McCormicks Flavour Forecast® for 2013 was just released on Dec 10th, 2012. McCormick® has been on the forefront of identifying emerging culinary trends since 2000. From flavours on the verge of widespread appeal, to subtle undercurrents just beginning to materialize, these trends have the potential to significantly change the culinary world.
To develop this report, McCormick assembles a dynamic group of experts—chefs, culinary kitchens, sensory scientists, dietitians, trend trackers, marketing experts and food technologists—from locations
around the globe who developed the following emerging trends:
No Apologies Necessary – Diving headfirst into sumptuous flavors to enjoy the gratification of a momentary escape.
I feel as though bacon, and pork belly for that matter, completely epitomize the very idea of “No apologies necessary”. The fatty richness of pork belly just spells gratification and escape. In the future I can see pork belly increasing in popularity in high end restaurants, being paired with unique flavours that are also luxurious such as dark chocolate and cayenne pepper to awaken the senses.
Personally Handcrafted – A hands-on approach to showcasing the very best of ourselves.
This trend does not surprise me, I have noticed that many ‘pinners’ on Pinterest have a board (or two) for recipes. I think consumers really want to get “back to basics” and make things from scratch when practical. Everyone wants to create a winning dish that they can call their own.
Empowered Eating – Creating health and wellness harmony through a highly personalized, flexible approach.
In this day and age the consumer is empowered. Never has a consumer had more information about their food readily available to them. Nutrition is a growing field, as consumers learn more about how food can nurture their bodies. The Chinese are huge consumers of pork and also believe strongly in the medicinal uses of food. As long ago as 652 A.D. a Chinese physician called Sun Shu Mao had a book published entitled ‘One Thousand Ounces of Pure Gold’ which had pork listed as a treatment for night blindness and other ailments.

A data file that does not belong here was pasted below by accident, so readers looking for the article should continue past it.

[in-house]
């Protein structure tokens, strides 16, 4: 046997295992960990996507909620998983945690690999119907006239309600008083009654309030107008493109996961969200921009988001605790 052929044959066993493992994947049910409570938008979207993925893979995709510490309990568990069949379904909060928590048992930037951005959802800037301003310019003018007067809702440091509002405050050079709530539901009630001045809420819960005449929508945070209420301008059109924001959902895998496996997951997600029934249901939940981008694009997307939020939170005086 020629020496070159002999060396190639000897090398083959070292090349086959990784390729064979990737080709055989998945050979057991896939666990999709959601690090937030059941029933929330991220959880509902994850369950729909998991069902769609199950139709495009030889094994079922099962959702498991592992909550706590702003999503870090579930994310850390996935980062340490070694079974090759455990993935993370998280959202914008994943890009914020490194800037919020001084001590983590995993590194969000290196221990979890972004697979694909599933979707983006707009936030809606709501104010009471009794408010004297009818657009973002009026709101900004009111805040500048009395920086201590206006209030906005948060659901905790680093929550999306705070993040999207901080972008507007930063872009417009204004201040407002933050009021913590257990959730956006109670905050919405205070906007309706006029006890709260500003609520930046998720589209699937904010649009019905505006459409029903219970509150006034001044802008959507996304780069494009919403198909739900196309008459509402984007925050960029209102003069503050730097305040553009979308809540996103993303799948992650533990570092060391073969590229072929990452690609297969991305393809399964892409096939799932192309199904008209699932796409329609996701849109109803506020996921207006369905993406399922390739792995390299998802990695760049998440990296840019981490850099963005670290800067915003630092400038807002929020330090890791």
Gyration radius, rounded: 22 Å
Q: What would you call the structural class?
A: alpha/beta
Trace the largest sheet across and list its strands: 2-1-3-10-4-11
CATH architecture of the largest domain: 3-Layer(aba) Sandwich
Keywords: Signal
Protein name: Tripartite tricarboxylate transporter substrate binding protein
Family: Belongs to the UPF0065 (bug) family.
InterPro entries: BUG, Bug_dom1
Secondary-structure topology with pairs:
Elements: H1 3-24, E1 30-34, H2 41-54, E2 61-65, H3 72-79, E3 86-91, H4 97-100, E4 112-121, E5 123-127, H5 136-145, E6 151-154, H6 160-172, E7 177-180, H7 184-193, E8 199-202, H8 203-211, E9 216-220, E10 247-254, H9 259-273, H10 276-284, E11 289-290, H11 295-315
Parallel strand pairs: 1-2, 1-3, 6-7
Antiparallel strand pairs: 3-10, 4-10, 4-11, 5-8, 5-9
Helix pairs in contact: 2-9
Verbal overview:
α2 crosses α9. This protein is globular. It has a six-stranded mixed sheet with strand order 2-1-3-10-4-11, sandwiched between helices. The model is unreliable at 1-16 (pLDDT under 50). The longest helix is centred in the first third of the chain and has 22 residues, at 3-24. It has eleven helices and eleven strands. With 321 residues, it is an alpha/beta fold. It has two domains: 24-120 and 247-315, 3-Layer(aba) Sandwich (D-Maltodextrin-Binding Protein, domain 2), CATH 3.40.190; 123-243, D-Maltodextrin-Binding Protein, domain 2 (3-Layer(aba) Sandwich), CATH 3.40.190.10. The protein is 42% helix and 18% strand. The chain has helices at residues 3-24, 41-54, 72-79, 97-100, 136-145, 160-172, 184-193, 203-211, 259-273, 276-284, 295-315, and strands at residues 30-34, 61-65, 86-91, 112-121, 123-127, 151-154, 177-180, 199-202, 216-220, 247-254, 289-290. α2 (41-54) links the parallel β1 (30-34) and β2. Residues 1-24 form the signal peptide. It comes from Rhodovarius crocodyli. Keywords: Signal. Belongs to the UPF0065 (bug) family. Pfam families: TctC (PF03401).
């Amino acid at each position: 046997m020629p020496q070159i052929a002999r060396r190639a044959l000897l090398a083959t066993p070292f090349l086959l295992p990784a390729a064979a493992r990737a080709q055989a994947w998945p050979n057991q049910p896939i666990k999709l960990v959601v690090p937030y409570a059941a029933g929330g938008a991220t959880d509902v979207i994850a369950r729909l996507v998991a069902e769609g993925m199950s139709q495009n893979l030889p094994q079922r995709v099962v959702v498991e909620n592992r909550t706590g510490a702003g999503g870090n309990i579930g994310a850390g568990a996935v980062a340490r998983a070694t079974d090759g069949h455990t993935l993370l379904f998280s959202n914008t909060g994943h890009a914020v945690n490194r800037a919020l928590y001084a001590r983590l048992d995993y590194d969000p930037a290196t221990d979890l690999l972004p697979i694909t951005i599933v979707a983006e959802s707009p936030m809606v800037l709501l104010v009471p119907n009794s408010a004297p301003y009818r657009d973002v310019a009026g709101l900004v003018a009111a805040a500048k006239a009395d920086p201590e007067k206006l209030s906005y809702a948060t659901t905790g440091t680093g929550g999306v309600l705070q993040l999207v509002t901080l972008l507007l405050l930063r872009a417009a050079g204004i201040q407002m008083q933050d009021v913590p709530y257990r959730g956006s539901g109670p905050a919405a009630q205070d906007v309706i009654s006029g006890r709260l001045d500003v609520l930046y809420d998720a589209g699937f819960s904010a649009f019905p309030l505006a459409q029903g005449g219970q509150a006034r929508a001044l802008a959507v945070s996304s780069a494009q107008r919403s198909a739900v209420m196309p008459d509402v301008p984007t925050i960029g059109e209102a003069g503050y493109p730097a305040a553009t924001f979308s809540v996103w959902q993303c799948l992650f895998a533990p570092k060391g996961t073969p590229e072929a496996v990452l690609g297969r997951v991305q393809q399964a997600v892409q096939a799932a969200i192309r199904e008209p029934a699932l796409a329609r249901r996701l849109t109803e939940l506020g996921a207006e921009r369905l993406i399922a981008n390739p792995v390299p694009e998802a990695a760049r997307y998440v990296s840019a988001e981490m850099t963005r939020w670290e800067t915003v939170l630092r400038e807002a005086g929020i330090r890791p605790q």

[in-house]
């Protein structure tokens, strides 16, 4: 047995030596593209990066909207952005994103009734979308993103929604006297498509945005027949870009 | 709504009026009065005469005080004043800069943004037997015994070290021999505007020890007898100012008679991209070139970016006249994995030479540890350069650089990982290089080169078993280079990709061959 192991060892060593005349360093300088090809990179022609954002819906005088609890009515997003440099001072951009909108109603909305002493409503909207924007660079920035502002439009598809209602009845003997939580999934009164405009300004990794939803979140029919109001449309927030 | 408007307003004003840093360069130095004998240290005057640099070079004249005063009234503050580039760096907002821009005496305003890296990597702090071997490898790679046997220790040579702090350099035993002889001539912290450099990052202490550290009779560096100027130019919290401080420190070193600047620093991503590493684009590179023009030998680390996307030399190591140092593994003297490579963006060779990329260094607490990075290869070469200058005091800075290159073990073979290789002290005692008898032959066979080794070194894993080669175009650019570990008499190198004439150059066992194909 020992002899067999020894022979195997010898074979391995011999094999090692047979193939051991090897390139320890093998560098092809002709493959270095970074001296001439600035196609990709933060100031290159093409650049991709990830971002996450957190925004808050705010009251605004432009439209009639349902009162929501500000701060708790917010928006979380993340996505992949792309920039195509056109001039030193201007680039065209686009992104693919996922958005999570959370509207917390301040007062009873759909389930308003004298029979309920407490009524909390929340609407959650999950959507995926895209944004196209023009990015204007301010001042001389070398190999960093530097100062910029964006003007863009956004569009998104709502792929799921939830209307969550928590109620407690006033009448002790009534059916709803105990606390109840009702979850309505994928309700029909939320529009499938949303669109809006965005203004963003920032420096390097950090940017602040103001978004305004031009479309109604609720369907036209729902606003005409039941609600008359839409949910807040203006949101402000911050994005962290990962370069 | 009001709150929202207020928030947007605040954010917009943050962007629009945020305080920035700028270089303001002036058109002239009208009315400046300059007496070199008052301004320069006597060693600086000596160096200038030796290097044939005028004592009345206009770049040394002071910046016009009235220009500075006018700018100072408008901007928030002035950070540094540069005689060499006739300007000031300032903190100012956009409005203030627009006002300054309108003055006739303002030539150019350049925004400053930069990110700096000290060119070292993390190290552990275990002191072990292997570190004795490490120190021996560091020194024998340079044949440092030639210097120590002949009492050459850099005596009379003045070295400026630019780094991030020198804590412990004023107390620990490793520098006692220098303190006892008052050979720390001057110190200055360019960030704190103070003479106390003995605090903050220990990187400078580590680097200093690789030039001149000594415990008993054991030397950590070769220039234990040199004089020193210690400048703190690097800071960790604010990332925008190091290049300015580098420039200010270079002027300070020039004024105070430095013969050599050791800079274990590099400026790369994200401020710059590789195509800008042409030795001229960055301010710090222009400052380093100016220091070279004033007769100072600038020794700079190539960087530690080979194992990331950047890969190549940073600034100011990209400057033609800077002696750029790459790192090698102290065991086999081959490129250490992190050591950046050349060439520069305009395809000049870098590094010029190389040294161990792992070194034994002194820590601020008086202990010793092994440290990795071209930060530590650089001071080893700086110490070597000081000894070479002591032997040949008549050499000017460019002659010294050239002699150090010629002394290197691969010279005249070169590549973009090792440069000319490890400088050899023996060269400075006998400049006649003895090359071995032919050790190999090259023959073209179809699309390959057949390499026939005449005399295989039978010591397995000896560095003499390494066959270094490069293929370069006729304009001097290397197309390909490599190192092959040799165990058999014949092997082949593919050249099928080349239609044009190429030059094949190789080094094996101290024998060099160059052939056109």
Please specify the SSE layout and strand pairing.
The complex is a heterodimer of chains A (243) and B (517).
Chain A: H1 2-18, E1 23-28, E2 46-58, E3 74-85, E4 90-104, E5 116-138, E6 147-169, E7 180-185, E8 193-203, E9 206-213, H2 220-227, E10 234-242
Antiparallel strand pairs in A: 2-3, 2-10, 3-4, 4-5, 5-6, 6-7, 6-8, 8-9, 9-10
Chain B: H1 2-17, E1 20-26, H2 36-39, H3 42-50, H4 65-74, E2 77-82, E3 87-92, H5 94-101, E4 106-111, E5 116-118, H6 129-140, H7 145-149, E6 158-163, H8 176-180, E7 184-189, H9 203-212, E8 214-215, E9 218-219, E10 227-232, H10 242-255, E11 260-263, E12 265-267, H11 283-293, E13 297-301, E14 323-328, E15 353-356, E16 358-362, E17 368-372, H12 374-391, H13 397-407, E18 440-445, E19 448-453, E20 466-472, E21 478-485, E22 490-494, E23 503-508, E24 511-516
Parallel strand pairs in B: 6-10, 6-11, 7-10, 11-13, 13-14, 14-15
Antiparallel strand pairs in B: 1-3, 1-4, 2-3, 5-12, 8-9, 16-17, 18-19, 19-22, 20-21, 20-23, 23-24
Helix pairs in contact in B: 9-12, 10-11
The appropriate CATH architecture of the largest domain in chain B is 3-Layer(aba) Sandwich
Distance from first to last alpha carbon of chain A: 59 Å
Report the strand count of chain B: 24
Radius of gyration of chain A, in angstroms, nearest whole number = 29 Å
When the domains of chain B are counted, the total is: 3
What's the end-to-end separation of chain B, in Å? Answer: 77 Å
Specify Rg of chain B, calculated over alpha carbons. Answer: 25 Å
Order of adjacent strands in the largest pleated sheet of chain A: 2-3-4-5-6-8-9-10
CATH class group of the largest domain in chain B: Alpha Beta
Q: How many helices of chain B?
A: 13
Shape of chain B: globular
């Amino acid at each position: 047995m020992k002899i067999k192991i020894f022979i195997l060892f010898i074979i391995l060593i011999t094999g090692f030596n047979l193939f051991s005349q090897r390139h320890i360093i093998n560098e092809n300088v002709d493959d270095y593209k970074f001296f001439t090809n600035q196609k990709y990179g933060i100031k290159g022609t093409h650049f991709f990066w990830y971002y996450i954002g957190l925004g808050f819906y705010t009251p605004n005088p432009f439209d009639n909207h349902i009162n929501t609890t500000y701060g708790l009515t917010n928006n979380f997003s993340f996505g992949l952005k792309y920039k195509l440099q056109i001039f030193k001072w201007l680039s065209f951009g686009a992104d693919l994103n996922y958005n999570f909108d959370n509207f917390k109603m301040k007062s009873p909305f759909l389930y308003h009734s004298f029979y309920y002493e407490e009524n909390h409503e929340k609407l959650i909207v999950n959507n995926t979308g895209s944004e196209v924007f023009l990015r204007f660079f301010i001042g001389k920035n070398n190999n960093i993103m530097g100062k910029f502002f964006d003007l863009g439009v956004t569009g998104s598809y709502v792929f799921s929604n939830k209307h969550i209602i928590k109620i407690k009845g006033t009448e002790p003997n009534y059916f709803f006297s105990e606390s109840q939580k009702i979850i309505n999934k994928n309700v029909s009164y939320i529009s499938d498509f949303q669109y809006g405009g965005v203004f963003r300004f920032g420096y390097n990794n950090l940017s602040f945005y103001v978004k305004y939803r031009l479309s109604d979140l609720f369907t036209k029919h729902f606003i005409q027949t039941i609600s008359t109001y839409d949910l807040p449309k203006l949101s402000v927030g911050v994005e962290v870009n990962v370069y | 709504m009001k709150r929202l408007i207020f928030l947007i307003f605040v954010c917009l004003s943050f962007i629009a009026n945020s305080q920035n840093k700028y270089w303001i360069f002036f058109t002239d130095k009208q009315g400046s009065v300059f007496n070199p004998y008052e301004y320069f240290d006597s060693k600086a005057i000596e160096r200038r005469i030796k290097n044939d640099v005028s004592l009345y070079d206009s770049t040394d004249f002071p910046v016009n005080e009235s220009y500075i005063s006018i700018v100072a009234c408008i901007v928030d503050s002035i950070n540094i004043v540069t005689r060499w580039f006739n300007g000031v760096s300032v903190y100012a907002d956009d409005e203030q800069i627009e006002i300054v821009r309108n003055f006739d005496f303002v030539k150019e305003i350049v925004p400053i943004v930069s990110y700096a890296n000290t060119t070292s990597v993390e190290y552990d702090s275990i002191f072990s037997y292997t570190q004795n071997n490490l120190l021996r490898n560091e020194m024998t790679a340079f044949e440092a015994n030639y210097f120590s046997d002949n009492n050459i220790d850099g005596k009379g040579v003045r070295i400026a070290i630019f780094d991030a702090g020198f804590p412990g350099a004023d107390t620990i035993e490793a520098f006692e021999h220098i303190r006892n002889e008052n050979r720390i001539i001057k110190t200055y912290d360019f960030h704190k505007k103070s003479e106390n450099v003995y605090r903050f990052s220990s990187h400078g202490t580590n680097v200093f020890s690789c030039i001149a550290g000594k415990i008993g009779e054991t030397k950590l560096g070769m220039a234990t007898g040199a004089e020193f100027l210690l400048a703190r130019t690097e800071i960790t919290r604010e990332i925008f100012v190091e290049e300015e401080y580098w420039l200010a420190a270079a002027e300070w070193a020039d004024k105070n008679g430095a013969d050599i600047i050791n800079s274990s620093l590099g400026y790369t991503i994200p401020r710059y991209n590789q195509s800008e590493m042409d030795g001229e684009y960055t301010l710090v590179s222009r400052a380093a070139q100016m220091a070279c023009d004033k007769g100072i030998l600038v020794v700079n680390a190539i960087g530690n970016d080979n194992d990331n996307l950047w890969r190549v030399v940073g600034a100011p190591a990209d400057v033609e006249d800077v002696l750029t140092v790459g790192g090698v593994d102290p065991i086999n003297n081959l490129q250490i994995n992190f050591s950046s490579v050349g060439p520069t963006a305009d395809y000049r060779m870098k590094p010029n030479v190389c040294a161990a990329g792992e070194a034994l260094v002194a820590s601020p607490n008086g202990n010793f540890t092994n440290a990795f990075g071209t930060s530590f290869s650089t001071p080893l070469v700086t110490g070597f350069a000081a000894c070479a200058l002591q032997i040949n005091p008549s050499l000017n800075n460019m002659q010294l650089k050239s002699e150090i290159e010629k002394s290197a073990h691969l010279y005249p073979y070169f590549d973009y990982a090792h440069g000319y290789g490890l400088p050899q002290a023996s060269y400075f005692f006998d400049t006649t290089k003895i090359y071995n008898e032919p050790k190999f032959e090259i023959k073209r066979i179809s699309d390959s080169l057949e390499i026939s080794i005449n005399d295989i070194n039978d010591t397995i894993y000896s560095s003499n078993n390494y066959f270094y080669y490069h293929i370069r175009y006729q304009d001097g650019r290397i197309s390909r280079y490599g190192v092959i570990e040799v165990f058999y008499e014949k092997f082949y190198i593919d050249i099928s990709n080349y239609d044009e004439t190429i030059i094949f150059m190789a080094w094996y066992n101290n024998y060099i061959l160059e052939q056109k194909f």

Hidden Potential – A waste-not mentality, uncovering the fullest flavors from every last part of the ingredient
This is an important one, moving back to nose to tail eating has already started with chefs publishing cook books on this specific topic. I think we are going to see less commonly used cuts more often in restaurants such as pork jowel (which is very tender) and hocks.
Global My Way – Discovering the unlimited flavor possibilities of global ingredients, beyond traditional roles in “ethnic” cuisines.
I think that consumers often times don’t want to just eat when they go out, they want to have a culinary adventure. That is the beauty of going to an ethnic restaurant; you get a taste of the culture without going too far out of your comfort zone. I think consumers everywhere like new flavours with one thing that is routed in the familiar. I think that tasting trays and sharing appetizers will be big in that you can try something new, but you did not have to commit to a whole meal of it.